Jim Weider, old-school guitar ace who replaced Robbie Robertson in The Band; his new CD with the Honky Tonk Gurus is called Big Foot. On his list of thanks: Pharaoh Sanders Bob Dylan Roy Buchanan Jimi Hendrix Scotty Moore
Freedy Johnston, singer-songwriter from Kansas now based in Hoboken, NJ.; his Can You Fly and This Perfect World were two of the top pop-rock albums of the 199Os. On his list of thanks: Frank Sinatra's Only the lonely Led Zeppelins Physical' Graffiti Stevie Wonder's Inner Visions Bob Dylan's Desire The Beach Boys' Pet Sounds
Tom Russell, veteran Texas-based troubadour whose 1999 album, The Man from God Knows Where, tells the story of America's immigrants better than any high school history lesson. On his list of thanks: Bob Dylan's "Desolation Row"-" It opened up my mind to the possibilities of songwriting." Johnny Pacheco * Lucinda Williams"She's carrying the mantle of 20th century songwriting." Ian and Sylvia-"They cut 13, 14 albums of great, great music." Randy Newman Merle Haggard Johnny Cash
Michael Wolff, keyboardist and former Arsenio Hall Show bandleader whose new album, Impure Thoughts, is an amalgam of jazz, funk and worldbeat grooves. On his list of thanks: Miles Davis' The Complete Carnegie Hall Concert, 1964 Miles Davis' Nefertiti Miles Davis' In a Silent Way Wayne Shorter's Native Dancer The Beatles' Abbey Road. Steely Dan's Aja Earth, Wind & Fire
John B. Williams, poetry-prone bassist and long-time band-mate of Michael Wolff's. On his list of thanks: Miles Davis' Bitches Brew Henry Purcell's The Gordian Knot Untied Bassist Scott LeFaro's work with Bill Evans Bassist Paul Chambers work with Miles Davis on the hornman's 1950s Prestige recordings Stan Kenton's A Concert in ProgressiveJazz Stan Kenton's City of Glass for those great arrangements by Bob Graettinger."
Badal Roy, Indian tabla player who can be heard on Miles Davis' 1970s albums and who is featured on Michael Wolff's Impure Thoughts. On his list of thanks: John McLaughlin's My Goals Beyond David Liebman Ornette Coleman's recordings since 1988 Miles Davis' Bitches Brew John Coltrane Ravi Shankar Viayat Khat
Chico Hamilton, drummer and progenitor of the West Coast's cool jazz sound in the 1950s; his bands helped spawn the careers of Keith Jarrett, Eric Dolphy and Charles Lloyd. On his list of thanks: Duke Ellington Count Basie Jimmie Lunceford Dizzy Gillespie Miles Davis and Gil Evans The Modern Jazz Quartet Lester Young
George Cables, one of the top jazz pianists and a former sideman for Sonny Rollins, Art Pepper and Dexter Gordon. On his list of thanks: Herbie Hancock's Empyrean Isles Billie Holiday's Lady in Satin Miles Davis' The Complete Carnegie Hall Concert 1964 Bill Evans' Waltz for Debb. Bill Evans' Conversations with Myself
Sonny Fortune, tenor saxophonist riding high on his recent album, In the Spirit of John Coltrane. On his list of thanks: Miles Davis'Kind of Blue John Coltrane's Live at Birdland"A beautiful, dedicated, sincere artist: one of the most real personalities ever to live on the planet. Most people weren't ready for him." Sonny Rollins' Saxophone Colossus Sonny Stitt's For Musicians Only Eric Dolphy's Out to Lunch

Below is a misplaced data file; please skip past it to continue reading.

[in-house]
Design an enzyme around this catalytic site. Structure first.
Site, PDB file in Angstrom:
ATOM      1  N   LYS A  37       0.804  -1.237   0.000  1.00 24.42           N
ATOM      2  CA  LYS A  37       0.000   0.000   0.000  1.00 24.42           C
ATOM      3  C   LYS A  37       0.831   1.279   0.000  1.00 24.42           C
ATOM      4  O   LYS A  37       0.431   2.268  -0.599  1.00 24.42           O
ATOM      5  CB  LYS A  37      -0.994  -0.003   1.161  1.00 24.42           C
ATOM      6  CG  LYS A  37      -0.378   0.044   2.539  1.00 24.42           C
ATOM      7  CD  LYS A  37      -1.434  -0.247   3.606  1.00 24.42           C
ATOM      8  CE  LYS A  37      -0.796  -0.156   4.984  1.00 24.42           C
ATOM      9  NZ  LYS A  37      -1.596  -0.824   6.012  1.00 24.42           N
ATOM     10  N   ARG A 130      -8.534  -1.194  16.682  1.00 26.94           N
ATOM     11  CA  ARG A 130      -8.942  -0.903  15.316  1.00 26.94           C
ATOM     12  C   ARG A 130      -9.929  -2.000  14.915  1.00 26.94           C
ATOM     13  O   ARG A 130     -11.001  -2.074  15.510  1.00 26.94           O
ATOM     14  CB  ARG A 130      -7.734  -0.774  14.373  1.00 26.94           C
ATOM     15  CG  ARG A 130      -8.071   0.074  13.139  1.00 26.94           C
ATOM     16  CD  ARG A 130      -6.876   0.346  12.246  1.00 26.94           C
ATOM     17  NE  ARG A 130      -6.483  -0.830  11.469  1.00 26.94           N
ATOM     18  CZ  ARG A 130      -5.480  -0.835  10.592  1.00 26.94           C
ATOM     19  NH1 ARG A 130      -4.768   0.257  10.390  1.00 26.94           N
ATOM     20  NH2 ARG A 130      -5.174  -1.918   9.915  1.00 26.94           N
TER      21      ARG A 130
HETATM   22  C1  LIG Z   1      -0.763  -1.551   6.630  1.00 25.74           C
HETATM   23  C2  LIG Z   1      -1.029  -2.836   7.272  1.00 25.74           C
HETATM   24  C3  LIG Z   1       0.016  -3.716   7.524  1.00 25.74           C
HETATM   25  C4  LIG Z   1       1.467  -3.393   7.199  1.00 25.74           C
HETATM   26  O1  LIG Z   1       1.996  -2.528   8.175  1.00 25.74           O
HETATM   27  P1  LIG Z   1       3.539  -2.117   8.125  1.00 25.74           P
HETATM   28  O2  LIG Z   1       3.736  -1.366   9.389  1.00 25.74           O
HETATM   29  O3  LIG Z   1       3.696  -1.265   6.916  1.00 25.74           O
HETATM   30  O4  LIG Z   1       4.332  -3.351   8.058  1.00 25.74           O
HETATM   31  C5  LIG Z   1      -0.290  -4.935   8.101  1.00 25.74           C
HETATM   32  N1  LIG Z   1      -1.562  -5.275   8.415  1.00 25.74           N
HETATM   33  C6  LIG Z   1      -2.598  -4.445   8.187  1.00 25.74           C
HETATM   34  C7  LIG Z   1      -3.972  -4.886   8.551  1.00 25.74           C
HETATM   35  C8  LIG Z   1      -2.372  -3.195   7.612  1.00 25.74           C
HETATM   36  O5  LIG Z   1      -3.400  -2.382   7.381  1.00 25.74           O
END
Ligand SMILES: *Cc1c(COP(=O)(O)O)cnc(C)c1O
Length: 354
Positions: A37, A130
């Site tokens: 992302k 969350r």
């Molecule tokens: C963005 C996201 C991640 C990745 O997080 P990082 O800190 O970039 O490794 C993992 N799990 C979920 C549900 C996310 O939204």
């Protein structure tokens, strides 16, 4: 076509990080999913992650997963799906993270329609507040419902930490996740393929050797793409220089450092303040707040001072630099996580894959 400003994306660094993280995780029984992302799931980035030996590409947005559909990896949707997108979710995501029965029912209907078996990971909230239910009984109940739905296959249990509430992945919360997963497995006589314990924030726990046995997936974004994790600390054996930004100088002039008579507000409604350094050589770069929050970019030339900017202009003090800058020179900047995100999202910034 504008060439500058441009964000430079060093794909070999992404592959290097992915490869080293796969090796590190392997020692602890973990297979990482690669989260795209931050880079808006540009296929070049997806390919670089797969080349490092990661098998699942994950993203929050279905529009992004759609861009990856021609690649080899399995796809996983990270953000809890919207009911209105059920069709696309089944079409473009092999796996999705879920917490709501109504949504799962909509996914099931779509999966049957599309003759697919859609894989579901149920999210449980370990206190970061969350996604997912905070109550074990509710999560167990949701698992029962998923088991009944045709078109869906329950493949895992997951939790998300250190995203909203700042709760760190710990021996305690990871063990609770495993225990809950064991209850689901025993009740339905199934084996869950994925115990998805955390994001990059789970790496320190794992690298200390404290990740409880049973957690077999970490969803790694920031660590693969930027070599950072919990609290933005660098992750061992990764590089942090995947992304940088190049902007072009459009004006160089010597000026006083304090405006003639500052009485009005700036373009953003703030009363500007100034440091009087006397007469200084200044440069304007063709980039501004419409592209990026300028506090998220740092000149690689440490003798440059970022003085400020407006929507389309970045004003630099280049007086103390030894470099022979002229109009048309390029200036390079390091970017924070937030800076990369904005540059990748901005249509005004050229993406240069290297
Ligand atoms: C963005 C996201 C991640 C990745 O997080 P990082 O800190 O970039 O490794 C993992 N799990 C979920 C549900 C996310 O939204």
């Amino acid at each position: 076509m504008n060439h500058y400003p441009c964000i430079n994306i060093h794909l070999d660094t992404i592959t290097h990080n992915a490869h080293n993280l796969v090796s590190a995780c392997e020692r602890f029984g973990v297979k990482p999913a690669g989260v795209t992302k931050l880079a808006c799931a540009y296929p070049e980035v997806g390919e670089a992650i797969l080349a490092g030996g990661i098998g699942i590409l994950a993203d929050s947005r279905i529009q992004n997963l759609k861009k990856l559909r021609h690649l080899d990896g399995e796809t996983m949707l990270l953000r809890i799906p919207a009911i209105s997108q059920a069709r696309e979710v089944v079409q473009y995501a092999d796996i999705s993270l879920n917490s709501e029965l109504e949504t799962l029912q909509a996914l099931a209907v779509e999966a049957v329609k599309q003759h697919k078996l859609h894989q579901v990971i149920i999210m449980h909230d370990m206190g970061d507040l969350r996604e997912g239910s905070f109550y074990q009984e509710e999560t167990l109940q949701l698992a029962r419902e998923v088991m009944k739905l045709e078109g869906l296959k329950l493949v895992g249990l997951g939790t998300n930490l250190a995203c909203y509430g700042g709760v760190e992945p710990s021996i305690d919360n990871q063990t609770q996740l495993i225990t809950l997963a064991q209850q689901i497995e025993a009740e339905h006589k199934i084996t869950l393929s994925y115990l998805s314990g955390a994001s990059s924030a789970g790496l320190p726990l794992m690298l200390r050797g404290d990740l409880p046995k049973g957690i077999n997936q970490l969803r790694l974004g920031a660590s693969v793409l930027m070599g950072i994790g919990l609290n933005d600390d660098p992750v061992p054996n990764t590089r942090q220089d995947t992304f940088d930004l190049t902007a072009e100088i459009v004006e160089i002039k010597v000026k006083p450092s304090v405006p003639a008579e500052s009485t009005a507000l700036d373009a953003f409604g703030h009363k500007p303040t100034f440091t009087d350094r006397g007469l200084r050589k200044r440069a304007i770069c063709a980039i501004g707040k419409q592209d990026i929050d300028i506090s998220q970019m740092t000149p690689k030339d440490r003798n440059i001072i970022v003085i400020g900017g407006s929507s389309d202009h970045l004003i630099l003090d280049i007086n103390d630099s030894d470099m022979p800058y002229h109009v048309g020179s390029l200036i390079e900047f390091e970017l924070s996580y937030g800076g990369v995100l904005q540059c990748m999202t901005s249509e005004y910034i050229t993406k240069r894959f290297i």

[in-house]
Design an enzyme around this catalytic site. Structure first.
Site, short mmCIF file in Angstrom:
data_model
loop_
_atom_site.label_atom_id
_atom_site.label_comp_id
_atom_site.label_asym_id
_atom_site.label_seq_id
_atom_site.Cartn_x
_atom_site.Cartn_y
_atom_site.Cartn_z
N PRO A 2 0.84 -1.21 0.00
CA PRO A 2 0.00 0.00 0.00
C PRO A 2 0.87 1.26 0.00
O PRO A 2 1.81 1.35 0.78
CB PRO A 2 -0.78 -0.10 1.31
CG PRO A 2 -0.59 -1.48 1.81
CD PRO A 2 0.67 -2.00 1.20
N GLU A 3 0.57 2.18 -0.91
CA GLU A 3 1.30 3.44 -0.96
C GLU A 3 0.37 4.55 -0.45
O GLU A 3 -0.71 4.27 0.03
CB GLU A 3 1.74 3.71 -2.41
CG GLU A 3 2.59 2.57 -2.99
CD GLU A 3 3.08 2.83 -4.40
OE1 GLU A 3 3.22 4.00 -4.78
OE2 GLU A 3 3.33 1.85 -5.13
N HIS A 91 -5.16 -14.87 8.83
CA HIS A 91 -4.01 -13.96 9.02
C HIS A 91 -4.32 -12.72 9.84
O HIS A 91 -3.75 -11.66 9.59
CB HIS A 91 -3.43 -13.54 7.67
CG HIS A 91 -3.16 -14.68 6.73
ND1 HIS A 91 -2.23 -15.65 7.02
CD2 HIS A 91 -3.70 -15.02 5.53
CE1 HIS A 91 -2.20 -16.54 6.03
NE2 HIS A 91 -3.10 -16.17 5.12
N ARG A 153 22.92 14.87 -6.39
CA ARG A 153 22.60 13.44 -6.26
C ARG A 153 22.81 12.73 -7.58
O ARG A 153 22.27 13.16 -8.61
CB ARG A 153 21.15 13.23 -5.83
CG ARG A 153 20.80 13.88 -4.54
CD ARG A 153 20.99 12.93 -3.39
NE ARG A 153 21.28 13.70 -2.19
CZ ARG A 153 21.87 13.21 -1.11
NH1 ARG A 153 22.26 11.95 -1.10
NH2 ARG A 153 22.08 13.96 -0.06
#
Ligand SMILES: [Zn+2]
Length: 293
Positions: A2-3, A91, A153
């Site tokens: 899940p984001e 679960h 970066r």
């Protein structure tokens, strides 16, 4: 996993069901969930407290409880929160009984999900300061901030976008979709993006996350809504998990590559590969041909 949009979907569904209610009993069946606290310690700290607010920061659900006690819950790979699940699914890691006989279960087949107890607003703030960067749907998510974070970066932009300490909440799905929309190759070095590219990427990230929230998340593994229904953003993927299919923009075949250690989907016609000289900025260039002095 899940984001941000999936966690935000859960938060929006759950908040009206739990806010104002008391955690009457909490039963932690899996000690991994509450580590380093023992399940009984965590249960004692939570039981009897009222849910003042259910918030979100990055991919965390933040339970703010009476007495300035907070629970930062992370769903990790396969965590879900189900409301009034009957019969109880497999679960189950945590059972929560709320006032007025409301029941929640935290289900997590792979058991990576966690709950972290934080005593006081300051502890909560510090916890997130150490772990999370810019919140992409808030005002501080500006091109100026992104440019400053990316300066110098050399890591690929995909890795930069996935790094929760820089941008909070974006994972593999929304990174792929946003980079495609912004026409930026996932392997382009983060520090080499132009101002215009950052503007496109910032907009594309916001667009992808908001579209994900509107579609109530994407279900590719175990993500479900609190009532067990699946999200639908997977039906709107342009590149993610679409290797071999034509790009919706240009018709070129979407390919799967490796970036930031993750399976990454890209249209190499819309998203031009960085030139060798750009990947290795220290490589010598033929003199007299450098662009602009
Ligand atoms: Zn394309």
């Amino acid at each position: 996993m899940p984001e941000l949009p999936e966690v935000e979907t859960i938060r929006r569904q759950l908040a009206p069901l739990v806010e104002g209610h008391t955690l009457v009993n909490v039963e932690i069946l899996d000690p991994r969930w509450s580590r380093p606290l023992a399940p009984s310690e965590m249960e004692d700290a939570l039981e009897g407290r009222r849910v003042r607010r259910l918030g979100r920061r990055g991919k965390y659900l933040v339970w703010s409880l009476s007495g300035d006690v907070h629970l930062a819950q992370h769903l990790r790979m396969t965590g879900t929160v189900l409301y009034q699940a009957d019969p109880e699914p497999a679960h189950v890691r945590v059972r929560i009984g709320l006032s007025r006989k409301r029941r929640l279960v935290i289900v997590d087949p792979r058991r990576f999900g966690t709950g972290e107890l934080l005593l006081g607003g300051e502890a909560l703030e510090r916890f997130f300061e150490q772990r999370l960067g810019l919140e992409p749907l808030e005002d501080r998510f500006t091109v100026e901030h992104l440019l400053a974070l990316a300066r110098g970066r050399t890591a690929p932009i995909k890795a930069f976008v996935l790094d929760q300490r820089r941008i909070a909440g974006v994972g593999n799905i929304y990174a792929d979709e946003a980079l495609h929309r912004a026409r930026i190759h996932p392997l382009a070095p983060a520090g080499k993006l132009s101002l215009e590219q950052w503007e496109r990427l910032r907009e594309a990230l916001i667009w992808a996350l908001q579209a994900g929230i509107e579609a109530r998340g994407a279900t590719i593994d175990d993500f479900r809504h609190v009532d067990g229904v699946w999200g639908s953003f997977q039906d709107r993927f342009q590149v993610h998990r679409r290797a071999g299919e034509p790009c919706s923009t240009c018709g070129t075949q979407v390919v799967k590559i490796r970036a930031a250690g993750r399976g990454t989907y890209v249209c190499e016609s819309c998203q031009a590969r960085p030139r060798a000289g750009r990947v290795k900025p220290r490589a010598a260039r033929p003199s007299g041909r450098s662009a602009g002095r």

Houston Person, smooth-as-silk tenor saxophonist often paired with vocalist Etta Jones. On his list of thanks: Lou Donaldson and Clifford Brown's performance of "You Got My Head," found on The Lou Donaldson Quartet/Quintet/Sextet Charlie Parker's "Lover Man" Gene Ammons Lester Young's "These Foolish Things" Illinois Jacque Dinah Washington Bud Johnson
Joan Baez, forever young queen of American folk music. On her list of thanks: Early Jackson Browne Van Morrison Leonard Cohen's last studio efforts, I'm Your Man and The Future Joni Mitchell's Turbulent Indigo Jussi Bjoerling Andrea Bocelli
Stacey Earle, Texas-bred singer-songwriter (and younger sister of country rock renegade Steve Earle) whose second CD, Dancin' With Them That Brung Me, was released this summer. On her list of thanks: Catie Curtis' From Years to Hours Paul McCartney's Flaming Pie Tracy Chapman Greg Brown Malcolm Holcomb
Dar Williams, wise-beyond-years folk-rocker and champion of underdogs everywhere; her latest CD is The Green World. On her list of thanks: XTC's Skylarking Wilco's Summerteeth The Nields' If You Lived Here You'd Be Home By Now Cat Stevens' Tea for the Tillerman The Mamas & The Papas' If You Can Believe Your Eyes and Ears
Randy Newman, oft acerbic poet laureate of America's dark truths, who wishes more people had bought his 1999 album Bad Love. On his list of thanks: The Phillips CD series of great pianists of the 20th century Wagner's The Ring Cycle conducted by George Schultze Steely Dan's Aja The Genius of Ray Charles Beethoven's late string quartets
Leroy Thomas, accordian-pumping singer and leader of the Zydeco Road Runners; he has just released two new CDsGreatest Hits, and Monkey and the Baboon. On his list of thanks: Leo Thomas' "Why You Want to Make Me Cry" Clifton Chenier's "I'm a Hog For You, Baby" John Delafose's "Gotta Find My Woman" Rockin' Sidney's "Don't Mess with My Toot Toot" Buckwheat Zydeco's "Troubles"
Bob Baldwin, smooth jazz keyboardist-composer and Peekskill native whose new BobBaldwin.com is climbing up the charts. On his list of thanks: Miles Davis Marvin Gaye's What's Going On? Stevie Wonder"Any of the records he cut in the early and mid-1970s, but especially Fulfillingness's First Finale; he gets so much emotion from the right chords." Herbie Hancock's Thrust"I love his solos on the Fender Rhodes piano; he always knows when and when not to play" George Duke's Brazilian Love Affair Eliane Elias So Far So Close. Patrice Rushen"Another great electric piano vibe." Joe Sample's Ashes to Ashes
Winifred Horan, Irish-American fiddle queen and mainstay of Solas; their new CD is The Hour Before Dawn. On her list of thanks: Lauryn Hill's The Miseducation of Lauryn Hill Bela Fleck and the Flecktones' Drive Bill Evans' Conversations With Myself. John Coltrane-"For his pure sensuality" David Oistrank"An amazing Russian violinist who played from the 1930s through the 1950s." Seamus Egan (her bandmate in Solas)"A huge influence on me and one of my favorite musicians ever."
Jason Vieaux, 27-year-old classical virtuoso now on the faculty of the Cleveland Institute of Music. On his list of thanks: Julian Bream's Classical Guitar Ahmad Jamal's Live at the Pershing Julian Bream's The Music of Spain, Volume 5 John Williams' The Rodrigo Concerto with the Philadelphia Symphony Orchestra The Beatles' Rubber Soul The Beatles' Magical Mystery Tour The Beatles' The White Album
Chris Smither, bluesy, New Orleans guitarist-singer now living in Boston; his latest CD is Live as I'll Ever Be. On his list of thanks: Lightnin' Hopkins' Blues in My Bottle Dire Straits' Brothers in Arms Paul Simon's Graceland Randy Travis' Greatest Hits
A sincere thank you to all of these musicians for being so generous with their time and for their good will and great music.